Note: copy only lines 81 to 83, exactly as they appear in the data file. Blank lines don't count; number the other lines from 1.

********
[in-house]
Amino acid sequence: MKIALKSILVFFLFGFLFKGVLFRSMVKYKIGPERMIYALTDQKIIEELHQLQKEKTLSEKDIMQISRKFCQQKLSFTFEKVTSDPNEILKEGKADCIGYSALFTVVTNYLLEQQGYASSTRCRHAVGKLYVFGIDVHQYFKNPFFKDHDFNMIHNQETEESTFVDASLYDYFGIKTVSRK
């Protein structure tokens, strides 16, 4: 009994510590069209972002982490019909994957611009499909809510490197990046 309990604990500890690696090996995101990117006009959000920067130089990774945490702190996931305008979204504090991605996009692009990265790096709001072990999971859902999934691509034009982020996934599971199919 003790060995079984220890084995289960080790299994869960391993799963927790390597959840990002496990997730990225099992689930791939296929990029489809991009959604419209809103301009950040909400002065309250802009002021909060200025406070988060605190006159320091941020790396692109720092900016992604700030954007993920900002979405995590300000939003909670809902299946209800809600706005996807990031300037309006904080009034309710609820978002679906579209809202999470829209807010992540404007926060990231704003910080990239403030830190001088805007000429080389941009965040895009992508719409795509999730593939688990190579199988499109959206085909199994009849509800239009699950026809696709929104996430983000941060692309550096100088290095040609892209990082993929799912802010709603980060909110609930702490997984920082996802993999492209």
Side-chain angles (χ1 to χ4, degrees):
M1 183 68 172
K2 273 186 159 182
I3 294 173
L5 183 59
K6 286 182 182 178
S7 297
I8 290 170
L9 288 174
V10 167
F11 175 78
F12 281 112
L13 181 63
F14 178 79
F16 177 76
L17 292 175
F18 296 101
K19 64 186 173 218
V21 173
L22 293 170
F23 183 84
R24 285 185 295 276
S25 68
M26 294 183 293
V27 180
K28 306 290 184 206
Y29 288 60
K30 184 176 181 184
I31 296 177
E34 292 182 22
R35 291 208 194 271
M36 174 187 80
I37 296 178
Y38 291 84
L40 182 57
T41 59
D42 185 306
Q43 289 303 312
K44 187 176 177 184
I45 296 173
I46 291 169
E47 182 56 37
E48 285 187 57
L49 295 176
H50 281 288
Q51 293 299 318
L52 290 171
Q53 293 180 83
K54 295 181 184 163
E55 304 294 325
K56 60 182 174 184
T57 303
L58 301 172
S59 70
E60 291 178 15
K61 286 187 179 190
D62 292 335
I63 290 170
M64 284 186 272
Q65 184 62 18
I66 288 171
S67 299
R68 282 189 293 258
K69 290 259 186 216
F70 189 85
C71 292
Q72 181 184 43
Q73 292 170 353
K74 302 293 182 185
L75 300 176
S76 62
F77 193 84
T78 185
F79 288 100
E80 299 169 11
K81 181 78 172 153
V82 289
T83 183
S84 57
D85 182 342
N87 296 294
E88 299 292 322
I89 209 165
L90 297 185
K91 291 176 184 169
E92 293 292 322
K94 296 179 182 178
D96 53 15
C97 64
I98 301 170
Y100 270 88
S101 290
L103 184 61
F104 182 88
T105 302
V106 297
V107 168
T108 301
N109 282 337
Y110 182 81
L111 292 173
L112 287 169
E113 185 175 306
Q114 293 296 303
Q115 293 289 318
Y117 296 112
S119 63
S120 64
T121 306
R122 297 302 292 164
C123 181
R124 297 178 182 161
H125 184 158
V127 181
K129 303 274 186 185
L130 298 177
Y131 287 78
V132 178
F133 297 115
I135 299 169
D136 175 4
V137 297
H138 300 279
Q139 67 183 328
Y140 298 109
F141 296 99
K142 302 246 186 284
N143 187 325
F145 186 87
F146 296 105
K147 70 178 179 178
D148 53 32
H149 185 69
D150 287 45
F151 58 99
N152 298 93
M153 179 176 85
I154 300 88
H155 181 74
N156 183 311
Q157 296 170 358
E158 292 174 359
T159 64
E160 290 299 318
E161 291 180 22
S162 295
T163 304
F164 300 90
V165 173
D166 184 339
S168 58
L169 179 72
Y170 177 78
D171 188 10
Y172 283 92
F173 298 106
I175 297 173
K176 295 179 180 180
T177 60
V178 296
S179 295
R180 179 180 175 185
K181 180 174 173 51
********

T83 183
S84 57
D85 182 342